Today’s edition of quick hits:
* Moments ago, the House passed the bipartisan budget deal with a 266-vote majority. Most House Republicans voted against it, but the package is nevertheless headed to the Senate, which will have to approve it before Monday to avoid the debt-ceiling deadline.
* Spring Valley High: “The school resource officer who was caught on camera violently flipping a South Carolina high school student at her desk has been fired, Richland County authorities announced Wednesday.”
* In a bit of a surprise, Bernie Sanders has formally endorsed the bipartisan budget deal. The package has also picked up support from AARP, and the progressive Center on Budget and Policy Priorities had a largely positive reaction to the agreement.
* The changing nature of Middle Eastern politics: “Iran has accepted an invitation to join talks with the United States and Russia this week on a possible political resolution to the Syrian civil war, state news media reported on Wednesday.”
* Hastert: “Former House Speaker Dennis Hastert could get up to six months in prison after pleading guilty Wednesday in his hush-money case.”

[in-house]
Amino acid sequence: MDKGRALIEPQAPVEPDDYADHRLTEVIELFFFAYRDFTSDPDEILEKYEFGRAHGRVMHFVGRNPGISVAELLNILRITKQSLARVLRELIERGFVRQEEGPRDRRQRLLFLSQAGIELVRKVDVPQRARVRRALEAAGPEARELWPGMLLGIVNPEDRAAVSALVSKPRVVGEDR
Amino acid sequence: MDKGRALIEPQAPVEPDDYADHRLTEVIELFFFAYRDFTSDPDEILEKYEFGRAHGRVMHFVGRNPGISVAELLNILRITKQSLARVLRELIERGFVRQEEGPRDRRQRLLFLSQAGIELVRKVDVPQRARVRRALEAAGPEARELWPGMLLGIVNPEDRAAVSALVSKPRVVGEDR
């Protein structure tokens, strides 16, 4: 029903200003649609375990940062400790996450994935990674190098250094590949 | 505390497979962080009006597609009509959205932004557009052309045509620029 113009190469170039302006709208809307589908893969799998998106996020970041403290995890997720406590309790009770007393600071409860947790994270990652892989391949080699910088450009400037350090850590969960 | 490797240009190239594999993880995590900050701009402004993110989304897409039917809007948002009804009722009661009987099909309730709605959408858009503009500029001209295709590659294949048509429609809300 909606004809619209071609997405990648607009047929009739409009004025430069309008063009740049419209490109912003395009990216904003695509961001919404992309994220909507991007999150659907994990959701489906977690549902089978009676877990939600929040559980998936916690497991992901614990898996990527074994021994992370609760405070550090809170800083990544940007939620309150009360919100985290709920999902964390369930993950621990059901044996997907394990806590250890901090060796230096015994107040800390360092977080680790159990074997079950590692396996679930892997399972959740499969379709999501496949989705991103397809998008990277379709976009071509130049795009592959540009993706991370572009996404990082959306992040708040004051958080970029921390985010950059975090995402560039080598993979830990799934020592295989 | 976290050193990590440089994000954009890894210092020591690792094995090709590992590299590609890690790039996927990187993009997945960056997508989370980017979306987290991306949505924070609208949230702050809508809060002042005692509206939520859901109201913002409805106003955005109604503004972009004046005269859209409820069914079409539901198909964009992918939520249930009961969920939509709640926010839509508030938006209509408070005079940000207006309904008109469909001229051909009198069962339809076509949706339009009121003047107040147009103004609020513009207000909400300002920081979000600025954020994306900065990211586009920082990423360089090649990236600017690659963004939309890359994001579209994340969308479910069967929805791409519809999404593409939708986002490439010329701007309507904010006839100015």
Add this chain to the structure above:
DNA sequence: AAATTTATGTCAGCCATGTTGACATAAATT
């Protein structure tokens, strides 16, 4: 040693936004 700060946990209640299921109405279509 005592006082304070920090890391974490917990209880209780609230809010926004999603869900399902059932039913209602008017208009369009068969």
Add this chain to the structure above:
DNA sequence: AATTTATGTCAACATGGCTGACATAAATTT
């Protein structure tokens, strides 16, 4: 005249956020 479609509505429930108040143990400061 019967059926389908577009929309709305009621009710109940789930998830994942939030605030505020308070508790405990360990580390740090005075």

* The final vote was 74 to 21: “The Senate on Tuesday passed a bill that intends to improve cybersecurity by encouraging companies and the government to share information about hacking threats.”
* A rate hike seems like a horrible idea right now: “The Federal Reserve on Wednesday downgraded its warnings of the damage the global economic slowdown could do to the U.S. recovery, leaving the door open for the central bank to consider raising interest rates this year.”
* Greenland is melting away. This is simply a stunning piece of work.
* A fascinating report: “Weeks before President Obama ordered the raid on Osama bin Laden’s compound in May 2011, four administration lawyers developed rationales intended to overcome any legal obstacles – and made it all but inevitable that Navy SEALs would kill the fugitive Qaeda leader, not capture him.”
* A story worth watching about Rep. Mark Meadows (R-N.C.): “A prominent Democratic watchdog group on Tuesday called for an ethics investigation into a GOP congressman who continued paying his chief of staff several months after receiving sexual harassment allegations against him.”
* It’s a real shame to see what’s happening in North Carolina: “When Republicans gained supermajorities in both houses of the North Carolina legislature in 2012, they stacked the University of North Carolina System Board of Governors with extremely partisan, conservative appointees. Those appointments paid off for the GOP: The board fired the UNC system’s left-leaning president and, last Friday, elected Margaret Spellings to replace him.”
Anything to add? Consider this an open thread.
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Wednesday's Mini-Report, 10.28.15